There is really a lot more to explore in The Dreamers. I wish I'd had more of a frame of reference when the three were talking film. I recognized only two of the clips (Breathless and Freaks), but it really sparked my interest in French New Wave. As a result, I currently have on hold at the library Shoot the Piano Player (which I've been meaning to watch since it's been talked about so much on your blogs), Mouchette (which was one of the films referenced in The Dreamers), Pierrot le Fou (I'm willing to give Godard another try), and Jules and Jim (having heard of it via Brandon's review some time ago). Because of course- wrapped in history and narrative though it may be- at its core, The Dreamers is a love letter to film, particularly film of a specific era, and that love comes through clearly and beautifully.

John, I'm sorry to hear about your friend. I actually had an adolescence completely different from the both of you, but I can still certainly relate to that unique kind of closeness that you really only can experience at that age. We don't expose ourselves to each other as adults as much as we did as teenagers. And I think we're poorer because if it.

Brandon, I didn't read the spoilers, but I'm glad you wrote about TS3 so positively. I was convinced that simply by being a "3" it wasn't going to be as good. I'd hate to have waited to see it at home and missed out on a real treat. I'll have to get the family together myself and go to the cinema.

Monday, June 14, 2010

The Perfect Time Travel Film

Note: There are a number of spoilers in this review, so if you have not seen this, PLEASE DO NOT READ THIS POST. You have to go into Timecrimes with absolutely no idea of what it's about to be able to get the most out of it. So, please, go watch the movie and then come back and comment.

I am aware of one time travel theory that maintains that time travel is only possible once a time travel device is invented, and then one can only travel as far back as the point when the device was invented. Timecrimes seems to be employing that theory as the basis for a very clever plot that explores the consequences of interfering with the time stream. It works incredibly well. Why it works well, and not only well but better than perhaps any other time travel movie I've seen, is because it keeps its parameters small. All of the events in the film happen within a 24 hour period (which for Hector turns out to be much longer- heh). There are a set number of variables with which to work and fewer opportunities to get twisted up in the confusing logic of time travel. Certainly it could be argued that (assuming the theory previously mentioned) once you turned on a time machine, it would become a traffic jam of folks from all points in the future trying to go back to the furthest point in time possible. And then Hector has a lot more to worry about than making sure he stabs himself in the arm with a pair of scissors. But it's easy to argue that the time machine operator, having seen the machine's potential for great damage in this little episode, could likely have destroyed it and left the troubling technology for someone else to deal with.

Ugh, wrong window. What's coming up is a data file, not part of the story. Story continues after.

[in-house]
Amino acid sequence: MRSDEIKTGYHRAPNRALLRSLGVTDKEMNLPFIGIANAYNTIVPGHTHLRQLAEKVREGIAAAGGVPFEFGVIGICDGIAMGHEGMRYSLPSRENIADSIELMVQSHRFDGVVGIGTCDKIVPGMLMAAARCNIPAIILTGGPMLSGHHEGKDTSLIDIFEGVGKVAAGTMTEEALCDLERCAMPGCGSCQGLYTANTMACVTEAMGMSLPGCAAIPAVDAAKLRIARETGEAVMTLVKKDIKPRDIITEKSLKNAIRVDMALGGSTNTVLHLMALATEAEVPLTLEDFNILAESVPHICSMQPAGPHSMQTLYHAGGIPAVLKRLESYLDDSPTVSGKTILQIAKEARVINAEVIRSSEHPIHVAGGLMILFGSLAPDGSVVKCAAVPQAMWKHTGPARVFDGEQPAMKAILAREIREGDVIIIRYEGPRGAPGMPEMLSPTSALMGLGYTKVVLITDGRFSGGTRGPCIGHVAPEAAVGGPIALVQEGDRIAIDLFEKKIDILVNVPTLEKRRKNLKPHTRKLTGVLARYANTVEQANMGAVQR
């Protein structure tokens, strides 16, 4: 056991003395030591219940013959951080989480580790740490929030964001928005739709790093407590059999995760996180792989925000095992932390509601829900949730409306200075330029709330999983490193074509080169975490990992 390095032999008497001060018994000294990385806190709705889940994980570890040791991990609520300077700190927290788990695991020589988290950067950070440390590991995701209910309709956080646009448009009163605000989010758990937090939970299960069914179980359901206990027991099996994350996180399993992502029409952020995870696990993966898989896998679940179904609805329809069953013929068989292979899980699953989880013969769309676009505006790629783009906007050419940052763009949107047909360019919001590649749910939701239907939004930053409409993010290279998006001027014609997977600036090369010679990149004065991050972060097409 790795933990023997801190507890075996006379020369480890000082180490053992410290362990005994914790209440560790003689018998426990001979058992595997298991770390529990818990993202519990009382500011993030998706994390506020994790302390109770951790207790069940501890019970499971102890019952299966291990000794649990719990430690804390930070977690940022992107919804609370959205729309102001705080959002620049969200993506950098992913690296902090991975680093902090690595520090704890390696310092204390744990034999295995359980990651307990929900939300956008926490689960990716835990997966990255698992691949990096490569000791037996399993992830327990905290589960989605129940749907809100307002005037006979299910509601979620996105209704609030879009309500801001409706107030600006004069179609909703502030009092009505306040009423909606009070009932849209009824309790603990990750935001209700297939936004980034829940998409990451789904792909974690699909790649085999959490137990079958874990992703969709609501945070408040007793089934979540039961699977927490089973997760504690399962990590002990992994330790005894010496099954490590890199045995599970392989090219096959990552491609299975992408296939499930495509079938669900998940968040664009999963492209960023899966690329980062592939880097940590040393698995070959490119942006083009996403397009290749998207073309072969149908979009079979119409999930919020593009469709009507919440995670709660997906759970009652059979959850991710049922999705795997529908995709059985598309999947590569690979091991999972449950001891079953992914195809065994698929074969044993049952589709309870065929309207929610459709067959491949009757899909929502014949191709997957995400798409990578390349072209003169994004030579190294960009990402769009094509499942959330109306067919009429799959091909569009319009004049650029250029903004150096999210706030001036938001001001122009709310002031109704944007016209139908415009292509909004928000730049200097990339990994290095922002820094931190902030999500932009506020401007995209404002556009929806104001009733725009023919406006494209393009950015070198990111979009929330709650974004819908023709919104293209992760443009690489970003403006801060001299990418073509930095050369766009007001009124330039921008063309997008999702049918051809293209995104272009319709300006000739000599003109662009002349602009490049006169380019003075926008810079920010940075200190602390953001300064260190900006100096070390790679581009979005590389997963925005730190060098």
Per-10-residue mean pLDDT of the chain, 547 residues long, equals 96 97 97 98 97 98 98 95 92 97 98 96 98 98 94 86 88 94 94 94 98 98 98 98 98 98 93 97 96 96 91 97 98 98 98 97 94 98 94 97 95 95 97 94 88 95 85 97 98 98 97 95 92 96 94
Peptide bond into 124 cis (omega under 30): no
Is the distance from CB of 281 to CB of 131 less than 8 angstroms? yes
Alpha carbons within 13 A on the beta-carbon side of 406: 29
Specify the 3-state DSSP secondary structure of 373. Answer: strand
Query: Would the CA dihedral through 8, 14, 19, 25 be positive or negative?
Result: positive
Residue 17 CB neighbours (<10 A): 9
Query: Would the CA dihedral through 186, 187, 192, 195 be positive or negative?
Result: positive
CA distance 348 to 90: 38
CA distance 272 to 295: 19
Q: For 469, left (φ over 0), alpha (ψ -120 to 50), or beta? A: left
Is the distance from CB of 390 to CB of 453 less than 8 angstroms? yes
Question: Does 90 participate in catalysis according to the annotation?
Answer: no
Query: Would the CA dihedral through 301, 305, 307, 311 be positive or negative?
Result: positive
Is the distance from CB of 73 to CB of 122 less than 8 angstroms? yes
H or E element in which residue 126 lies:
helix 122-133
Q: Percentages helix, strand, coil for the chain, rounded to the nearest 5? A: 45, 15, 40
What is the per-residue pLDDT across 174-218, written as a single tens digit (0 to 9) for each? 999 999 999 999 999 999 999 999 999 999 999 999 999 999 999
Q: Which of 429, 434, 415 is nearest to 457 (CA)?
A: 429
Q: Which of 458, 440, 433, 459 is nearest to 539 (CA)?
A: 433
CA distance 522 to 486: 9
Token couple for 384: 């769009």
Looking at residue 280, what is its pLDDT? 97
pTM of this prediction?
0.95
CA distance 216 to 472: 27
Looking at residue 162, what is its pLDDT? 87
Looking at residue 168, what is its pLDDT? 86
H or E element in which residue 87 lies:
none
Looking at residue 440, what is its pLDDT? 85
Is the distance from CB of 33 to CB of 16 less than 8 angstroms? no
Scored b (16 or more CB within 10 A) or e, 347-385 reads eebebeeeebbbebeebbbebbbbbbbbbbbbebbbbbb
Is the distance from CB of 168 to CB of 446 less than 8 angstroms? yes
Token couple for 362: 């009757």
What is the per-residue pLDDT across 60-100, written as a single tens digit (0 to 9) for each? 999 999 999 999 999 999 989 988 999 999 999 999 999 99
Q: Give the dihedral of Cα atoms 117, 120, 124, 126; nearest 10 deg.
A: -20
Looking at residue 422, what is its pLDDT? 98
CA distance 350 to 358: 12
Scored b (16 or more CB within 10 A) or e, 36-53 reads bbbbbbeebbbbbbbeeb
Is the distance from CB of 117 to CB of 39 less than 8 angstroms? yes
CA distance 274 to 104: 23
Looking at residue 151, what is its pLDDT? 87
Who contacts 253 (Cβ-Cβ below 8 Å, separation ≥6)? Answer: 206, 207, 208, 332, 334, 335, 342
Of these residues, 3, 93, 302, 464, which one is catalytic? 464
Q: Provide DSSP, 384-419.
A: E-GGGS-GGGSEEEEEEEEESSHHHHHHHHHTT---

I'm usually a time travel story snob- I can enjoy a good movie or book that involves it as a plot device, but it is very easy for me to spot the holes/flaws in its logic. It's not that I'm super smart- it's just that the very nature of time travel opens up practically innumerable scenarios with myriad causal chains. How could anyone make them all align? The answer, of course, is to keep your goals small, and that's exactly what director Vigalondo does. It's clear that he put a lot of thought into his script, so even if there are minor flaws, a discerning viewer can appreciate not having to do the bulk of the work via suspension of disbelief.

Which of course still leaves us with the question: if Hector 2 got the idea to use the girl to lure Hector 1 to the woods because he saw it happening as Hector 1, then whose idea was it in the first place? But brain breakers like that are what make time travel movies so fun...

You were right, John, I loved it!

Wednesday, June 9, 2010

My Confession (plus April and May movies)

First of all, DC's Blackest Night threw me for a loop. I realized suddenly that I had a large stack of comics that I had not yet read, so I got to work. I have been reading a lot of comics in the past month and not watching too many movies. What I had been watching wasn't particularly noteworthy, even if I enjoyed it. I mean, how much do you want to hear me carry on about Amy Adams in Leap Year? I generally dislike romantic comedies, but I'm a big Amy Adams fan, from Junebug to Doubt to Sunshine Cleaning, I think she one of the most talented actresses out there. She can do funny and serious and even sexy in that girl-next-door kind of way.

Secondly, I got overwhelmed. There were so many good discussions going on and I had so much to say and couldn't say it all. I didn't intentionally drop off writing, it just kind of happened. I couldn't say it all, so I didn't say anything. In light of this, I have a proposal for you both- I'll try to be more consistent with my blog, and you two figure out how to get up here for a Dryden movie and a few drinks so we can have at least one nice face-to-face discussion about film this year! Wouldn't that be fun?

Thirdly, I'm on a big music kick right now as well. I got a new hard drive for my macbook (500 Gigs!) and have been busy filling it with lots and lots of songs. This has also taken me from my blog duties.

But I do enjoy this discourse with you both, and I hear that you value what I have to contribute to the discussion, so perhaps you will be hearing more from me.

In the meantime, here are a couple of lists of what I've seen the past couple of months.


The Invention of Lying- I've been disappointed in Gervais's movie career so far, though I haven't wanted to admit it.

Little Miss Sunshine (2nd viewing)- I will always love this film. Steve Carell's performance is particularly compelling.

Fantastic Mr. Fox- I thought it was wonderful, straddling that magical line between what is appealing to kids and to adults. I thought Anderson did an excellent job. True, it was a little self-conscious at times, but aren't all of his films?